The RCEP agreement creates a free trade arrangement between ASEAN and Asia-Pacific nations, providing new trading opportunities through tariff reduction, new rules of origin, and trade-facilitation measures. Article by Dezan Shira as part of May China Briefing
In November 2020, after eight years of negotiation, the Regional Comprehensive Economic Partnership (RCEP) Agreement was finally inked by 15 Asia-Pacific nations, by far becoming the largest plurilateral free trade agreement (FTA) in the world.
The signatory countries to the RCEP – 10 ASEAN countries as well as five non-ASEAN countries, China, Australia, New Zealand, Japan, and South Korea – cover nearly one third of the world’s population, one third of the global GDP, and one third of the world’s total exports. The bloc is also the fastest growing and most promising investment region in the world.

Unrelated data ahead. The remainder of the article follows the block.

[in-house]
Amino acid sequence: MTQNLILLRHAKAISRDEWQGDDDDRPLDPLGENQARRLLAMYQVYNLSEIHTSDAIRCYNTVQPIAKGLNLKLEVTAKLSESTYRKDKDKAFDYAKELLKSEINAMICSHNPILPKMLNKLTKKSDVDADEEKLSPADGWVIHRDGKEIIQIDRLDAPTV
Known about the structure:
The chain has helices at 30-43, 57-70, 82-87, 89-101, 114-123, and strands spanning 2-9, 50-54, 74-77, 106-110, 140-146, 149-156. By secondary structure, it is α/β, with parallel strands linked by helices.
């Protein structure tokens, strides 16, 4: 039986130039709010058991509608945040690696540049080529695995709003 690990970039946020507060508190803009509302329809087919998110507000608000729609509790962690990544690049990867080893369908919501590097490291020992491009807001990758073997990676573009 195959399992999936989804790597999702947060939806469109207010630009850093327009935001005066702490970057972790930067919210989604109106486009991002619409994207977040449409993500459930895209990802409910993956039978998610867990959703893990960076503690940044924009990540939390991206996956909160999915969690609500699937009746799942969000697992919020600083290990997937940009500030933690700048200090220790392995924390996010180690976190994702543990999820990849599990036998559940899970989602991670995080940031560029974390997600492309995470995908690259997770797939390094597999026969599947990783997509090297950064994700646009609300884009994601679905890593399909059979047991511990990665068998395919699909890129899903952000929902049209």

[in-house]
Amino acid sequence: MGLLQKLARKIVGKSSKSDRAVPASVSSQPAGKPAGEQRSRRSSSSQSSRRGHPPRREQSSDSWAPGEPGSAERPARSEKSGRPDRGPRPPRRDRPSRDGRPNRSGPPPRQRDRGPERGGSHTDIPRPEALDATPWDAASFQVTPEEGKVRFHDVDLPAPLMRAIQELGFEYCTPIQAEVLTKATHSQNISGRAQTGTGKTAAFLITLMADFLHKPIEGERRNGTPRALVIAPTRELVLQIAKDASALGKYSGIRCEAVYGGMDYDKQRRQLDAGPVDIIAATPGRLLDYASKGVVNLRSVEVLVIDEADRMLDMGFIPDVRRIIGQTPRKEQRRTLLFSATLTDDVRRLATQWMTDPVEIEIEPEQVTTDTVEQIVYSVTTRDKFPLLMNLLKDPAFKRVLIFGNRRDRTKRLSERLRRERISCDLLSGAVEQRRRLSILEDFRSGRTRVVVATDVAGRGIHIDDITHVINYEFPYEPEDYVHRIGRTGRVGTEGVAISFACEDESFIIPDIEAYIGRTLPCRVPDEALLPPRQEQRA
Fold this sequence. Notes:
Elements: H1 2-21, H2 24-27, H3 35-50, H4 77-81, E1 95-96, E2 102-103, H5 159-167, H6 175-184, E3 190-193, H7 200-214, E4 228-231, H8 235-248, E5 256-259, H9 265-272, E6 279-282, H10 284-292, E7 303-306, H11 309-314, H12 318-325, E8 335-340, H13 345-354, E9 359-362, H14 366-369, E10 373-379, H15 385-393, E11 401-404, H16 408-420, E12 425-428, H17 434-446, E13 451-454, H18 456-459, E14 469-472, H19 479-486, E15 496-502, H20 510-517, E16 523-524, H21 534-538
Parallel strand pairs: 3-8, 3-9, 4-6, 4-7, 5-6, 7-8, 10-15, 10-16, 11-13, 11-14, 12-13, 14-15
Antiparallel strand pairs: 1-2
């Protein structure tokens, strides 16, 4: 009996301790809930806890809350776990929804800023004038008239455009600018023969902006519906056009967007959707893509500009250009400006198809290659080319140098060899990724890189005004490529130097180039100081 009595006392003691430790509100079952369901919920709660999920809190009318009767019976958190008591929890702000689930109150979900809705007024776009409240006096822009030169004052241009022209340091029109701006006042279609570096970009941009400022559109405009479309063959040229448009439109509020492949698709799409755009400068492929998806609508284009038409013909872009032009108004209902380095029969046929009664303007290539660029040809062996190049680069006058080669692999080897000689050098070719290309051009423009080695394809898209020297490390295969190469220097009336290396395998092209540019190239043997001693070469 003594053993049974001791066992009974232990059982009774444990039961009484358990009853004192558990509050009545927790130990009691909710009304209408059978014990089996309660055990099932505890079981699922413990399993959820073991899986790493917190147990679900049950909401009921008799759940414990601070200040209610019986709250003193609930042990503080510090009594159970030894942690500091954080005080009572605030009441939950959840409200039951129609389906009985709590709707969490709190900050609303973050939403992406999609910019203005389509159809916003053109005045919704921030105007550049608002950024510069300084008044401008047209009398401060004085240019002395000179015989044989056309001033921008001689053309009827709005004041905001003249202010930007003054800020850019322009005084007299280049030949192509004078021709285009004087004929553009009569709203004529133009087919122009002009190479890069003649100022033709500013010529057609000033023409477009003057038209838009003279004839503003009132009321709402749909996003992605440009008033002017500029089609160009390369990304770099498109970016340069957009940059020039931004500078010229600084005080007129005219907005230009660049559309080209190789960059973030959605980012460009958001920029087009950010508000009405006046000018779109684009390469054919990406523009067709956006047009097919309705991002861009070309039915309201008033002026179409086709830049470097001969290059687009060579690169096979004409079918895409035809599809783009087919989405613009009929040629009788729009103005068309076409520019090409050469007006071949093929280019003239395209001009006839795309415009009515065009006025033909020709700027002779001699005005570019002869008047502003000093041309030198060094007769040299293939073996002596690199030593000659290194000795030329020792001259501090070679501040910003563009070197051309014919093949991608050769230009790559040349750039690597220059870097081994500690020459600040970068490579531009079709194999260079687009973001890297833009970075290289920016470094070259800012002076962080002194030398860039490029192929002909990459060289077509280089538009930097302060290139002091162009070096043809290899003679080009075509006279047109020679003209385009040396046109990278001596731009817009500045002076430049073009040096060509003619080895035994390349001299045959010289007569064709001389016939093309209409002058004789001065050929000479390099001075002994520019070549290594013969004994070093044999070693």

Once ratified by at least six ASEAN countries and three non-ASEAN countries, equivalently three fifths of all the signatories, the RCEP agreement will enter into force in 60 days. Analysts expect that could happen in the second half of 2021 or early 2022.
How significant is the RCEP agreement?
Despite the RCEP’s sheer size, opinions vary as to how significant it truly is. In fact, prior to the RCEP, most of its member countries have already existing bilateral FTAs – according to The Economist, of the 2.3 trillion in goods flowing between RCEP signatories in 2019, 83 percent passed between those that already have a trade deal.